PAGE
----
Editor’s Note: This whiskey was provided to us as a review sample by the party behind it. This in no way, per our editorial policies, influenced the final outcome of this review. It should also be noted that by clicking the buy link in this review our site receives a small referral payment which helps to support, but not influence, our editorial and other costs.
Before diving into whiskey production, Alan Laws was a serious collector. He founded Laws Whiskey House in 2011 in Denver, CO. Drawn to local grains after discovering some at a local brew shop, Laws notes that he “was blown away by its freshness, intense flavor, and performance during fermentation.” He waited three years to release his first whiskey so as to only offer house-distilled and aged products from local grains.
The house philosophy is “grain-to-glass [meaning] each batch is milled, cooked, fermented [in open-top fermenters], distilled [in a copper pot still], and aged on-site, utilizing heirloom grains from family-owned Colorado farms.” This is about as local as a whiskey can get without the distillery growing the grains. Independent Stave Company provides the new barrels for aging at char #3.
Laws pioneered the four-grain style of bourbon (corn, rye, wheat, and barley), which is the flagship style of the distillery. The whiskeys with age statements are bottled-in-bond, or bonded, which means that each release is distilled in one season and aged for a minimum for four years in a bonded warehouse before being cut to 50% ABV.
As specialists in distilling heirloom and locally grown Coloradan grains, Laws Whiskey House provides the serious amounts of information provided on each release. You can sense the excitement and obsession. The website offers a deep dive into the production of this spirit, with a detailed tech sheet and novella-length production notes in announcements. There’s no way that this level of attention to detail can’t not be present in the whiskeys themselves, including their latest bonded straight wheat, the Laws Whiskey House Seven-Year Centennial Straight Wheat Whiskey Batch 5.
This 100% wheat whiskey was released in June and is the oldest release of the bonded wheat by the producer to date. Only 2,100 bottles were produced from a nine-barrel selection. Last year’s release, a five-year-old, was quite special bottling. It was smooth and mild with a refreshing bitterness to the finish. The distillery states that this release, with two extra years of aging, should offer a more “pronounced oak profile layered with the spicy, sweet bread, and citrus notes this whiskey is known for. The additional barrel character interacts nicely with notes of strawberries, orange marmalade, jasmine tea, and pink peppercorn.”
Note the flavor profile at the end of the quote. This is the distillery’s tasting notes for their younger 100% wheat whiskey. How can there be a house flavor profile for bonded whiskey? It’s consistent partly because this is all made from the same wheat variety grown by the same grower in the same area.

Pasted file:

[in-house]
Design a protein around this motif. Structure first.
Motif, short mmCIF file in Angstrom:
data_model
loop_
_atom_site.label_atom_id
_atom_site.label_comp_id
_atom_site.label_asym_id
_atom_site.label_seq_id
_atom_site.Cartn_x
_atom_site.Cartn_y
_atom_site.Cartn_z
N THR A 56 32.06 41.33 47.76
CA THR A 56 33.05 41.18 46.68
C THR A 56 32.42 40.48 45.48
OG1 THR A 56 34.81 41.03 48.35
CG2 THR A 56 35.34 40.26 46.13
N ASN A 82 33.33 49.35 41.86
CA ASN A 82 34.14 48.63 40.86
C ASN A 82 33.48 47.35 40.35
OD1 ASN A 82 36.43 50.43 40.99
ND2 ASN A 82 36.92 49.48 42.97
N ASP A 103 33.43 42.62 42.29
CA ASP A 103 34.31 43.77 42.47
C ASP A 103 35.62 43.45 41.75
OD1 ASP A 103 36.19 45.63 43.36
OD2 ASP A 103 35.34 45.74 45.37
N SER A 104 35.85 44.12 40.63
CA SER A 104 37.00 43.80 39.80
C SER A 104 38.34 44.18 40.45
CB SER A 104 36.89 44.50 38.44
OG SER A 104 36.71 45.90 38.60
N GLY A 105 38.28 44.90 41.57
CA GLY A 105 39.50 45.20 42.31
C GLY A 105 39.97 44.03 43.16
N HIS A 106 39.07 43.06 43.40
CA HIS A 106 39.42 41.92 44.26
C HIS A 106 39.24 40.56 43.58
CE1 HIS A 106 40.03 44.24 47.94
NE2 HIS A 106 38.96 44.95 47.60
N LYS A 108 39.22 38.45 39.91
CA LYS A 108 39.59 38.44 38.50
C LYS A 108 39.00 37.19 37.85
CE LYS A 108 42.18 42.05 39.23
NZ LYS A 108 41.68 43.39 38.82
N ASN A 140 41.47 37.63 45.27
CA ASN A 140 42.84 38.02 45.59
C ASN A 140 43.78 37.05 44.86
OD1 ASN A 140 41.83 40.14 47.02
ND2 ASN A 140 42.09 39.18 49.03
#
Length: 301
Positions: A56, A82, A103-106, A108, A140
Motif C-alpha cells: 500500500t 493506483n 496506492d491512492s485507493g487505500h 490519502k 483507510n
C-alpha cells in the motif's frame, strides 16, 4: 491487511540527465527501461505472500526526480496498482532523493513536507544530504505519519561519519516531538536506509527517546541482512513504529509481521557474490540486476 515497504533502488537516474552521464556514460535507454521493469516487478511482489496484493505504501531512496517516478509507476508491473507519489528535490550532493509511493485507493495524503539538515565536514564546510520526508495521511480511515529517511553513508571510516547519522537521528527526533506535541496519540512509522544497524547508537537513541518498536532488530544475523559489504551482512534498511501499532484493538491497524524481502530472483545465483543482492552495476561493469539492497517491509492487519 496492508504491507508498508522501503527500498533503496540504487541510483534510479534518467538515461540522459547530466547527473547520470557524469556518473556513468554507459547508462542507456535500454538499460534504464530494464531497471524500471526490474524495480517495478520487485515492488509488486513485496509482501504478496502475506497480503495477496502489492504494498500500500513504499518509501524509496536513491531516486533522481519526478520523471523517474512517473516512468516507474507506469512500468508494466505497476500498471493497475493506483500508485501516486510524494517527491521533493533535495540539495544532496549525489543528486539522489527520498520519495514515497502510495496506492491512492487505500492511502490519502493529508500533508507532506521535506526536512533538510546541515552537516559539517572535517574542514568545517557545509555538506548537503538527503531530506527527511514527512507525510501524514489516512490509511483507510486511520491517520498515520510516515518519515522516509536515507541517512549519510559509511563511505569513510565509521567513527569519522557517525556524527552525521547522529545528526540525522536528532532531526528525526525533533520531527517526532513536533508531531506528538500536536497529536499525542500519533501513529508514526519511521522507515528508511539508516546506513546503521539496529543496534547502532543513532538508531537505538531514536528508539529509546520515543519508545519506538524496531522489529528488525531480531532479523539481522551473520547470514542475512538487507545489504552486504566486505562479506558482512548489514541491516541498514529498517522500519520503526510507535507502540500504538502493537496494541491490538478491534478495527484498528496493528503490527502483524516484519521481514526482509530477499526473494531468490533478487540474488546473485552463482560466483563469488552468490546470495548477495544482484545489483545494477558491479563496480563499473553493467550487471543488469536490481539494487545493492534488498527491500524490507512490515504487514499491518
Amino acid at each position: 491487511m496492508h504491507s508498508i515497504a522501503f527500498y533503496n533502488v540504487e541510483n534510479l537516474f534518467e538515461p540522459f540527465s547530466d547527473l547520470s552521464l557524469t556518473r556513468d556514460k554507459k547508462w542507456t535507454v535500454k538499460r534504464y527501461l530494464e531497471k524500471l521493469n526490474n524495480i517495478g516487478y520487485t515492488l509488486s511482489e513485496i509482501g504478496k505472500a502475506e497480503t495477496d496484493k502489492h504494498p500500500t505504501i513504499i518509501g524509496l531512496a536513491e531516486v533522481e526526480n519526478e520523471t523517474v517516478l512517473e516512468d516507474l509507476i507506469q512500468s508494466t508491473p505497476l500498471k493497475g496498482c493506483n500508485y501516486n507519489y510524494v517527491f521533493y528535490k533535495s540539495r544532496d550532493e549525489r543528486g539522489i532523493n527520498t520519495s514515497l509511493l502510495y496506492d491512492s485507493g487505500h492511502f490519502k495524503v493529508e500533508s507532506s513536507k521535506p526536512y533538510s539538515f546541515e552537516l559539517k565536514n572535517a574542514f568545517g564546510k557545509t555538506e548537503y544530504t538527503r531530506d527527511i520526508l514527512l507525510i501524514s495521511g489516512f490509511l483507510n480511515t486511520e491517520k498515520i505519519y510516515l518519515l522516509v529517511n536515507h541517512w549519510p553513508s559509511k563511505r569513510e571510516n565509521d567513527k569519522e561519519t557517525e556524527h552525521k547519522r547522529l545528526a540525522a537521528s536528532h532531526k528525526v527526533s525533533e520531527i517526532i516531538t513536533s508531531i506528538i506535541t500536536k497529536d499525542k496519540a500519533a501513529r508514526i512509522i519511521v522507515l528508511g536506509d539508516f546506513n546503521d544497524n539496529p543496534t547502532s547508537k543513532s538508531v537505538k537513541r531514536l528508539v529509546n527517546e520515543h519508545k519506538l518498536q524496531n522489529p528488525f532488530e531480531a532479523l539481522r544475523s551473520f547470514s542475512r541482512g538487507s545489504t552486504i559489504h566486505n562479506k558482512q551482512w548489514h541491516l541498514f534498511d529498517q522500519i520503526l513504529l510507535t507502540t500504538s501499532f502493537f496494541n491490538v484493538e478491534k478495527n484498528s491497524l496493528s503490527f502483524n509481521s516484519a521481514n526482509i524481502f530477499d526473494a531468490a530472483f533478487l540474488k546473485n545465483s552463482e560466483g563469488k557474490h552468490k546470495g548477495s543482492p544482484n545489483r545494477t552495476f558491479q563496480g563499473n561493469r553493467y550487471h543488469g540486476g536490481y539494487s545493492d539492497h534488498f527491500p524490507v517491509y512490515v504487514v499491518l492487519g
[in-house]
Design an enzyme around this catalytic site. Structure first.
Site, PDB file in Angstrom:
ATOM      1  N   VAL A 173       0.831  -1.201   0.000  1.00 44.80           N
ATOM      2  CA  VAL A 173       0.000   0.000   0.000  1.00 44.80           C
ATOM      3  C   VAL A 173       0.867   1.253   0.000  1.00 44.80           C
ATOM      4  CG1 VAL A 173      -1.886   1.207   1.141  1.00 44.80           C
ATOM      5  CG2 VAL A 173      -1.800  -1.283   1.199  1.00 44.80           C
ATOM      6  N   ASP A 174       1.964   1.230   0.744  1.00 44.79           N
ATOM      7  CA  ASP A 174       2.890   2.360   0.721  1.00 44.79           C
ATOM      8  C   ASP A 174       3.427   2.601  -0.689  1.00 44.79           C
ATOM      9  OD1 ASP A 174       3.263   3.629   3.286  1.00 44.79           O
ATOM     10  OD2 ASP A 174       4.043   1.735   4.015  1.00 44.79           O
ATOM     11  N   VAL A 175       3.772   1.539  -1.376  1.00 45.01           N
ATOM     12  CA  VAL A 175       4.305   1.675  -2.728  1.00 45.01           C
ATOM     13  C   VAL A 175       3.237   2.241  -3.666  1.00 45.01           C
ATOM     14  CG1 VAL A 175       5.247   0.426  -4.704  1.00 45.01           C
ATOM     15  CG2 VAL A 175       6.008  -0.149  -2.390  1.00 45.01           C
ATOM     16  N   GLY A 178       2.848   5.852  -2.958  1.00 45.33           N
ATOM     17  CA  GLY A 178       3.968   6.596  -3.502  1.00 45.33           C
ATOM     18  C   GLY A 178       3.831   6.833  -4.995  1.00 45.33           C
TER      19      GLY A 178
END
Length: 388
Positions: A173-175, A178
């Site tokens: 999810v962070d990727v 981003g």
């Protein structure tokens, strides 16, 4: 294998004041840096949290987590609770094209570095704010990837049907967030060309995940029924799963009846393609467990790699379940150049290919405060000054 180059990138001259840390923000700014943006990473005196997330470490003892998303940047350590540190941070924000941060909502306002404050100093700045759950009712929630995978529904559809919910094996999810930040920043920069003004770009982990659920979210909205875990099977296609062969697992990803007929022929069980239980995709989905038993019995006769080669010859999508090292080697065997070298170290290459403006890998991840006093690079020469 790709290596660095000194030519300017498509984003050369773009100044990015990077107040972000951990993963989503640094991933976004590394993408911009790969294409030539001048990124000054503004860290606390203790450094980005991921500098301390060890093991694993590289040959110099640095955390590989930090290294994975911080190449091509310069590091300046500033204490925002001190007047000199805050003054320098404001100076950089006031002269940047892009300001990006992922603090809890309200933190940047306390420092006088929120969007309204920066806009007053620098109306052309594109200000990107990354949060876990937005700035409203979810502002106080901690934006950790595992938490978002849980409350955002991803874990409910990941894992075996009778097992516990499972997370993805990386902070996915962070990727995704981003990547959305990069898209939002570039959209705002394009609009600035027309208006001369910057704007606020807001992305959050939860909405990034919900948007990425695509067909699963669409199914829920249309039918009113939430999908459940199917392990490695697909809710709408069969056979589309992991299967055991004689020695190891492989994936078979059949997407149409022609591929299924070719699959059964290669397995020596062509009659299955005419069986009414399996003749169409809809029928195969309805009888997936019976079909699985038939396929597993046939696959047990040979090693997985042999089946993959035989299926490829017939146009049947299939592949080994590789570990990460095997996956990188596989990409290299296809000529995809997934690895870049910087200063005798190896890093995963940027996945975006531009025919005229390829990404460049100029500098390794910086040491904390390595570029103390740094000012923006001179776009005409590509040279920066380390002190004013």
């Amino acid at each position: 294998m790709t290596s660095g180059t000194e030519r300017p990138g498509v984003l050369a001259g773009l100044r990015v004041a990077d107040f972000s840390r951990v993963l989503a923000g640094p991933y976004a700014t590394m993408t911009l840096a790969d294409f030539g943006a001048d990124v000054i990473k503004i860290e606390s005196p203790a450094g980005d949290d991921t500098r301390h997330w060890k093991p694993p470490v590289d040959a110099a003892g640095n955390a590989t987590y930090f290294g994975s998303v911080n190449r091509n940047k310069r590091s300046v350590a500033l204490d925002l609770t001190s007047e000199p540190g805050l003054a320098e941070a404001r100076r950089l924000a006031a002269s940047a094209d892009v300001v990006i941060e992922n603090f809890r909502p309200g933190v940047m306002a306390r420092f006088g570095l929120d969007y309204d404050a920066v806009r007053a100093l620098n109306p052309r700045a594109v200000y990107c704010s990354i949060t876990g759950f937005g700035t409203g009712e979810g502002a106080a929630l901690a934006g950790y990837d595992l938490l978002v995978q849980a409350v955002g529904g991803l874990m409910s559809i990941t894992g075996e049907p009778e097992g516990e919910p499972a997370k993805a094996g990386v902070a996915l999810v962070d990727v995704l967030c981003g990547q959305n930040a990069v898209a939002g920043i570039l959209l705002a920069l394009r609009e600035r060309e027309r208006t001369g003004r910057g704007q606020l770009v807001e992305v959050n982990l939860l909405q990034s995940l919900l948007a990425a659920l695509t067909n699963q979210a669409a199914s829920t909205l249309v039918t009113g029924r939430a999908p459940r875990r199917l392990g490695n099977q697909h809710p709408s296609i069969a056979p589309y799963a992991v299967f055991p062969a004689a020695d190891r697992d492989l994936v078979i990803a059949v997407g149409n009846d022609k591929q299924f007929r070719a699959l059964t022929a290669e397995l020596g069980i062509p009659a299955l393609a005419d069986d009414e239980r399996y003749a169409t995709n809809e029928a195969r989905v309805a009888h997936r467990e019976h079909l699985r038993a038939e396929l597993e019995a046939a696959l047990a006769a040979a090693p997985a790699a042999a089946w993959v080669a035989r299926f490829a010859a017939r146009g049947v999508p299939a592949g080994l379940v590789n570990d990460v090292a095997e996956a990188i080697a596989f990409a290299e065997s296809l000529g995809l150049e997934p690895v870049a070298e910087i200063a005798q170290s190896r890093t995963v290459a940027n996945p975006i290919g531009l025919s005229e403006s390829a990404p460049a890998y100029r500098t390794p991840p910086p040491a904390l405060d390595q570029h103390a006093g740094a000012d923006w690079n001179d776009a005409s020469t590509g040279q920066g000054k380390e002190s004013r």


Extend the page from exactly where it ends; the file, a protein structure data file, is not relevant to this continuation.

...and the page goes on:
The grain is “soft white Centennial wheat [that is] grown for Laws Whiskey House by the Cody Family Farm in Alamosa, Colorado,” according to their release notes. Centennial wheat is a soft white wheat. The hardness refers to the texture of the kernels and their relative ease in milling. Soft wheat has more “starch than hard winter wheat, adding sweetness and aiding with fermentation,” according to Laws.
When grown for flour, soft wheat is typically used for baked goods that need less gluten, such as cakes and muffins. Hard wheat typically is used for things that require more gluten development, such as breads. White wheat, whether hard or soft, tends to have less protein than red and a milder flavor as well.
How does all this technical information translate into the experience in the glass? Let’s find out.
Vital Stats: Barrels were aged seven years and nine months on average in new American oak, 50% ABV, mash bill: 100% heirloom Centennial wheat, SRP $79.99/ 750ml bottle.
Appearance: This is a moderately light golden amber in color with a greenish-yellow undertone.
Nose: The first impression is of a punchy spirit with fruity and vanilla notes. The aromatics leap from the glass upon pouring. As it opens up, this kid gets down the business. There’s a whiff of volatile acidity that transforms into red cherries and Sweet Tart candies. The nose is mostly savory, though, with notes of oatmeal cookies, melted butter, and toasted walnuts. This does show its age in comparison to the five-year, which had a more raw flour note. This ends with a touch of shoe polish and shucked corn.
Palate: The whiskey is more medium-bodied than viscous with a harsh astringency to its finish that keeps the palate clean. It’s not sugary, but there is a sweetness to the taste. I pick up notes of sesame crackers, buttered toffee, creamed corn, and pecan clusters. There’s oodles of flavors and lots of complexity to enjoy without being cloying or overbearing.
The finish is fairly long in length. I would hate to use this as a mixer with anything but a dash of water or ice, it’s simply too complex and delicious on its own.